Shvat 23, 5767

My basic premise when it comes to tfilah:

If you take a group of somewhat educated American Jews and educate them a few inches further and then you lead them through tfilah with no English regularly for no more than two or three weeks they will never want to go back to the Church of the Responsive Reading.

With that in mind and on the heels of a number of posts in our corner of the Jewish corner of the blogosphere (including this from the newest addition to my “other good things” sidebar) I present you the following story. It has been a tiny bit humorzied through hyperbole. The facts that support the point have not.

This weekend at Temple no one became Bar or Bat Mitzvah. By long-standing congregational tradition, that means that Shabat Shacharit is lay-led. The lay-leaders email group was notified and I, not having had a chance to lay-lead since my return from Israel, let Cantor R that I would like to lay-lead.

I should note two pieces of background. The first being that myself and MD, a fellow lay-leader and an Israeli are planning on beginning our congregation’s first all-Hebrew minyan for Shabat Shacharit at the beginning of March. The second being that shortly after Cantor R arrived at our Temple last year a disagreement began between him and the lay-leaders. Seeking more involvement in Shabat Shacharit, the lay-leaders all stuck their fingers in their ears and screamed “LA LA LA LA LA! I CAN’T HEAR YOU!”, so afraid were they that our lay-leading might be stolen from us. The Cantor and Rabbi S, who was also batting for Cantor R did the same upon hearing that we were opposed. Then our Senior Rabbi, Rabbi F, went on sabbatical for six months, I went to Israel for four months and the entire issue was tabled while everyone stewed over the issue and contemplated different ways to dig their heels deeper into the board room carpet.

I do not like to lay-lead on my own. I like to have someone with something sort of like musical talent helping because by family tradition, I can’t carry a tune in a bucket. I told the Cantor that I would like to lay-lead with him. This would mean that I would stand at the left podium and do things normally done by a Rabbi and that he would stand on the right and do things normally done by, well, a Cantor. This inclusive compromise seems to me like the perfect solution to the problem of the increasingly dug-in heels. Cantor though the idea was great. Rather than go through the rest of the lay-leaders and the Ritual Committee, we though we would just lead by example and go ahead and do it.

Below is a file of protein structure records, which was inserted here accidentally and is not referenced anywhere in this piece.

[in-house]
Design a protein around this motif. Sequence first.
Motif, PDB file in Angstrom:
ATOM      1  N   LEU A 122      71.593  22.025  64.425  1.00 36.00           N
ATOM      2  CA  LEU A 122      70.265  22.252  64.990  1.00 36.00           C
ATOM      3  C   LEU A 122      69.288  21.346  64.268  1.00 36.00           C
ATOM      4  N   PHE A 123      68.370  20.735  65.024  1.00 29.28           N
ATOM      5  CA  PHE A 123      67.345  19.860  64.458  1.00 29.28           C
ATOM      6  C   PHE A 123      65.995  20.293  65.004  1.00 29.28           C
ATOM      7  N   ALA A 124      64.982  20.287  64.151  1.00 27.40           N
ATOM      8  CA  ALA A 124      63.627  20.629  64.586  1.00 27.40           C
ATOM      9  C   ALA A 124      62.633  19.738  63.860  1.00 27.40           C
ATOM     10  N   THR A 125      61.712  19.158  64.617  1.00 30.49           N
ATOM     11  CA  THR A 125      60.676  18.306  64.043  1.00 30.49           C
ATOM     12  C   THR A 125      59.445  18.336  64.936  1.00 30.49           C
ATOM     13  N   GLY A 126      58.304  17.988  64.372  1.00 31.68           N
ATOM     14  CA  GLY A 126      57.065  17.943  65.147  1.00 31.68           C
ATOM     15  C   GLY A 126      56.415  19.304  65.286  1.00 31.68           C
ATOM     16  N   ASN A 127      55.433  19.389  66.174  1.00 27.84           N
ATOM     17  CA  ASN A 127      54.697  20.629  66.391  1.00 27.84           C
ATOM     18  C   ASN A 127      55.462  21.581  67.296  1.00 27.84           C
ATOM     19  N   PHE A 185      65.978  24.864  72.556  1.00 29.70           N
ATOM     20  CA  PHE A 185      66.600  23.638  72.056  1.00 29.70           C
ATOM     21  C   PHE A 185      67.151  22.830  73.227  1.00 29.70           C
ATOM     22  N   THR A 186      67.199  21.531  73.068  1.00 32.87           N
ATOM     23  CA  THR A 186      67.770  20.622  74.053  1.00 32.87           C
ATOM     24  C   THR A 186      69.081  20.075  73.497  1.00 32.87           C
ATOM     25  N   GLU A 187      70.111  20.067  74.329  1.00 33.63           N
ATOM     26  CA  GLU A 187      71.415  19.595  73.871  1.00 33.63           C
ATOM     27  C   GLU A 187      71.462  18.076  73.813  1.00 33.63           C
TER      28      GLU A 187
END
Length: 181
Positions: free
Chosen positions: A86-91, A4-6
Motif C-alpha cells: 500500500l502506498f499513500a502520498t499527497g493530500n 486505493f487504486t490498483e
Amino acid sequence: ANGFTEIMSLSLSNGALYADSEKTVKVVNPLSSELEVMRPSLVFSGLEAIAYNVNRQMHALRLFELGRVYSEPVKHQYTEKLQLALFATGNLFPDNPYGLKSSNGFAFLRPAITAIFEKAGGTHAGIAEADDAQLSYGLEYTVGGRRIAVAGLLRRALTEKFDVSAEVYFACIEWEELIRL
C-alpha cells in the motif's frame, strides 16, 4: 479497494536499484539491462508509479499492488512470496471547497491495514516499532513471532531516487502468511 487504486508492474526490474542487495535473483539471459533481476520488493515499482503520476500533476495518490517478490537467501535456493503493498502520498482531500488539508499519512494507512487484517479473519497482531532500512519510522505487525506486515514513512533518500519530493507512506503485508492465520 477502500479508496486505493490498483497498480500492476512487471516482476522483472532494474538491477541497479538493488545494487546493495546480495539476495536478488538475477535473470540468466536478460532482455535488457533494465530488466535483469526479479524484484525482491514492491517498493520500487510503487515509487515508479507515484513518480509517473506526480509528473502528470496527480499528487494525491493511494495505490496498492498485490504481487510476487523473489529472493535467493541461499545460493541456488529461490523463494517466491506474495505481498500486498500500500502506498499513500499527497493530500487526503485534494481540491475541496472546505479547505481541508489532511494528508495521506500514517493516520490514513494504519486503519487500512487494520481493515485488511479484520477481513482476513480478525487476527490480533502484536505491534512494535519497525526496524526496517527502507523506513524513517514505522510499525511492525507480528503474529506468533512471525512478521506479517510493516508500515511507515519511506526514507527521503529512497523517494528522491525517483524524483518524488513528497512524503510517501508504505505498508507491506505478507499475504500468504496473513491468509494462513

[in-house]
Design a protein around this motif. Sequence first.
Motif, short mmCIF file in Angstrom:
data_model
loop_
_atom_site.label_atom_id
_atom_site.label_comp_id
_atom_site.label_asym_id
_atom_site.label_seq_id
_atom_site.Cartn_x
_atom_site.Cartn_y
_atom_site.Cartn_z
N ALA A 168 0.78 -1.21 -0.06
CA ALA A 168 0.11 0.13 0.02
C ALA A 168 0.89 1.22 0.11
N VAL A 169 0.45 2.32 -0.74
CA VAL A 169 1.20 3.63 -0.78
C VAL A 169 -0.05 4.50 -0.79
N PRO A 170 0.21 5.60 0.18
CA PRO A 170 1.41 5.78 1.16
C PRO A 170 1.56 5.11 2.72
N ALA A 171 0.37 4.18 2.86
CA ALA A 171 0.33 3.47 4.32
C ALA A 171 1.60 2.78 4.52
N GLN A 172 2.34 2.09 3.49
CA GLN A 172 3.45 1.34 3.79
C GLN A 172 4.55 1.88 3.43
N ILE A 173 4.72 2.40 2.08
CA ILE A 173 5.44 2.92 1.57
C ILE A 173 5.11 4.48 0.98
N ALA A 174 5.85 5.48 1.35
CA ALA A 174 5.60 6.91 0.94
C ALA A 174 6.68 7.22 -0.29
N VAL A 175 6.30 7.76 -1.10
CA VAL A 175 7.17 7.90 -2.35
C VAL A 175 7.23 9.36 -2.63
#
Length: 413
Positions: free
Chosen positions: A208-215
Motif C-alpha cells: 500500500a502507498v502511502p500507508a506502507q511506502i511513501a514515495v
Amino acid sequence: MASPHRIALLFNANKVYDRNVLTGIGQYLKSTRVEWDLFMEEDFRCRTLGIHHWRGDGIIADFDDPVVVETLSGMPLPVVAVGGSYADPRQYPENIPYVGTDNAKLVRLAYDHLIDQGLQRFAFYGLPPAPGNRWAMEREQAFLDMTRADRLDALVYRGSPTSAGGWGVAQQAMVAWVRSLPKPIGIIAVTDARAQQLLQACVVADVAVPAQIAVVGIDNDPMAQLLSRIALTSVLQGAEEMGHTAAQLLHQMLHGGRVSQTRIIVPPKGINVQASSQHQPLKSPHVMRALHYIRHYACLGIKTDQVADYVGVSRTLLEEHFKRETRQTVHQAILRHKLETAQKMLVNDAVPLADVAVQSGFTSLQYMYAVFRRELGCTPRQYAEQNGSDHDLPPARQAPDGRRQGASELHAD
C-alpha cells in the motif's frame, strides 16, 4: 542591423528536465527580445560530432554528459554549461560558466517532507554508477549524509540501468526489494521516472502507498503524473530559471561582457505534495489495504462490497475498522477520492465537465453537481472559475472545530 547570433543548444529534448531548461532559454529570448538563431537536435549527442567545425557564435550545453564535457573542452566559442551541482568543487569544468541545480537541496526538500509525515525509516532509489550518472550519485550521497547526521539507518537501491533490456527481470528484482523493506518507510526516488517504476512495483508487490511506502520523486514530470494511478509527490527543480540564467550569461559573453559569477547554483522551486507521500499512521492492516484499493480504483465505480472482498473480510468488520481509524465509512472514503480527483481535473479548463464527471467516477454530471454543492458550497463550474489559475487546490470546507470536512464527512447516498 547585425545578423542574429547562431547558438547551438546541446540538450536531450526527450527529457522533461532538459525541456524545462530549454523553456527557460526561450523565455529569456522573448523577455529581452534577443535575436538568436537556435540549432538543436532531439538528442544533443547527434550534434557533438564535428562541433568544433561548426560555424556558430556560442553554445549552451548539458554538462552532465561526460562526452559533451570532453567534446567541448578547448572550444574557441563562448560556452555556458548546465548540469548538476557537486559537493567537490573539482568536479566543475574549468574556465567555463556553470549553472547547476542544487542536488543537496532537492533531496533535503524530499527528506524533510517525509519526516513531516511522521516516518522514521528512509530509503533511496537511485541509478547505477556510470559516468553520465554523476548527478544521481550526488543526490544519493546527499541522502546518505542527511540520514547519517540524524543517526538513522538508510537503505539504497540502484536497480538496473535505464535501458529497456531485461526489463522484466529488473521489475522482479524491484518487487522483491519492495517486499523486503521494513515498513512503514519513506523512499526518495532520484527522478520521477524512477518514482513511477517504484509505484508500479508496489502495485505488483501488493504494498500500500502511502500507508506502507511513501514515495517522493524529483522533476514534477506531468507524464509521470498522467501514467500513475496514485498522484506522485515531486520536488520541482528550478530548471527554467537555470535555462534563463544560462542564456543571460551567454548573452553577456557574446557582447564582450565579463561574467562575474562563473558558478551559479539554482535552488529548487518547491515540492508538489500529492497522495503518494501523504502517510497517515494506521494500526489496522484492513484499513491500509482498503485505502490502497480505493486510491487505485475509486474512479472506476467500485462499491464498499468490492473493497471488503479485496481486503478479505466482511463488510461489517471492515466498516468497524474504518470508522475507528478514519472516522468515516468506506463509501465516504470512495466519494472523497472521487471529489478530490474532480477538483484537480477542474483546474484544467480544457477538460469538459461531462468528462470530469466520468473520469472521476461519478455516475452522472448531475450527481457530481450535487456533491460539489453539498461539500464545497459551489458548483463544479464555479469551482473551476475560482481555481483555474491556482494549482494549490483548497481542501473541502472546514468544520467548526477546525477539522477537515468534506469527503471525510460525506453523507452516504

Our other stroke of genius was to get rid of the English. The Dvar Torah would be in English as would the page numbers, but we decided against responsive readings, doing the V’ahavta twice, and doing an improper Amidah. Further, we would use the Temple’s draft copies of Mishkan Tfilah because it has translation and transliteration for everything so as not confuse everyone.
The night before, at Shabat Ma’ariv, I keenly observed that there were no Rabbis present. Only Cantor R was leading. The other Rabbis were away until Sunday with the 8th, 9th, and 10th grade retreat. I asked Cantor R during the Oneg if that meant that there would be no Rabbis at services the next day. He said that was correct. I got a little worried.

No Rabbis means no one to do Kadish (do not ask me why that is the way it is here). Then it occurred to me that I could just go ahead and do it. Understand that it is highly unusual at our Temple for a non-Rabbi to read the Kadish list and then lead Kadish. It was pretty good.

Three strange things happened during that service:
1. There was no English in the liturgy.
2. Cantor and lay-leader got along just fine.
3. A non-Rabbi led Kadish.

Everyone loved it. No one complained, not even under their breath. Most people came up afterward to complement one or both of us.

We set fire to the Church of the Responsive Reading and no one died.

I really hope that was a coherent narrative.

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